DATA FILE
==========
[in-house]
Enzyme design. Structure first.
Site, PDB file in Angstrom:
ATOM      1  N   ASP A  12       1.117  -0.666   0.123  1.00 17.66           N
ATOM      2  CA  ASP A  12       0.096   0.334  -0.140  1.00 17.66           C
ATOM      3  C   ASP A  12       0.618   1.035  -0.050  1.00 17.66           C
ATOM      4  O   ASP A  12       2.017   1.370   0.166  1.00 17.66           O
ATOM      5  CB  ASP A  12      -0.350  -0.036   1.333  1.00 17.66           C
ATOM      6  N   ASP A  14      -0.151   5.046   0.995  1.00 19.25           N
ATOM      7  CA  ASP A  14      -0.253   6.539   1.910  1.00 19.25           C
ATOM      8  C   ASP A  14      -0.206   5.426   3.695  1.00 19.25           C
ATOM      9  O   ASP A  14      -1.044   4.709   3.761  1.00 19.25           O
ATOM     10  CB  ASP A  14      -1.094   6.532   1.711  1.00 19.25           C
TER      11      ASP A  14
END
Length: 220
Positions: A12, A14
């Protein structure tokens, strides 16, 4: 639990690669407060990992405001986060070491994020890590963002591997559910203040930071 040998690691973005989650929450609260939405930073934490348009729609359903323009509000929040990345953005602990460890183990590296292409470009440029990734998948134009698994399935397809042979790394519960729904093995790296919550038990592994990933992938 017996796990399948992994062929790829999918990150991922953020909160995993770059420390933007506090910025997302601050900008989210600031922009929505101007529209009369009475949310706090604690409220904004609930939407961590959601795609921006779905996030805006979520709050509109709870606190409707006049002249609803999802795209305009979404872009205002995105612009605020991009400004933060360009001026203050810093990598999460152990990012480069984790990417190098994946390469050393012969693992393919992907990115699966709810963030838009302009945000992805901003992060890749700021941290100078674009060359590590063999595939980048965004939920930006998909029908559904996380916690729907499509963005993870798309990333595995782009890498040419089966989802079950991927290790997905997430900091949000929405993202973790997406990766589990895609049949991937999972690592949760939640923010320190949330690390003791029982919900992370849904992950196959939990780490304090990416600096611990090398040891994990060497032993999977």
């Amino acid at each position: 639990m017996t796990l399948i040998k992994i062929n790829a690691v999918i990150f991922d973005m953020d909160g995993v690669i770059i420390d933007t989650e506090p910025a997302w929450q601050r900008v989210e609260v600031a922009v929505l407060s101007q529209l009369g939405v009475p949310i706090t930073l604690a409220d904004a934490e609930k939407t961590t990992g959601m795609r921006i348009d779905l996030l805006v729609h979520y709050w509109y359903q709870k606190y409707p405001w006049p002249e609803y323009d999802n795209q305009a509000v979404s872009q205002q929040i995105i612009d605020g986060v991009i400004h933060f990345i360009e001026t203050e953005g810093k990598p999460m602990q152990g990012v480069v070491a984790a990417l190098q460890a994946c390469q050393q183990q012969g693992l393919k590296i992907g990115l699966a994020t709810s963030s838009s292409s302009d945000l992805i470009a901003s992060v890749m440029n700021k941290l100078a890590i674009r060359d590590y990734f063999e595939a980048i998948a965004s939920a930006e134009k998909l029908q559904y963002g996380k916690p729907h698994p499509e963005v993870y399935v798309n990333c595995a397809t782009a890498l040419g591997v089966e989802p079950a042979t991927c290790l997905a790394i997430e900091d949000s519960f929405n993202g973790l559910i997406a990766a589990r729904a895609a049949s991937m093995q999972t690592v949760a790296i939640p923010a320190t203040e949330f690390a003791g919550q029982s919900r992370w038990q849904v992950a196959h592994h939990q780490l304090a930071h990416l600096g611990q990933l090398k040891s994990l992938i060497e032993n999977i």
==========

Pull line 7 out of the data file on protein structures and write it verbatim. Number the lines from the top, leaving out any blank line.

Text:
ATOM      4  O   ASP A  12       2.017   1.370   0.166  1.00 17.66           O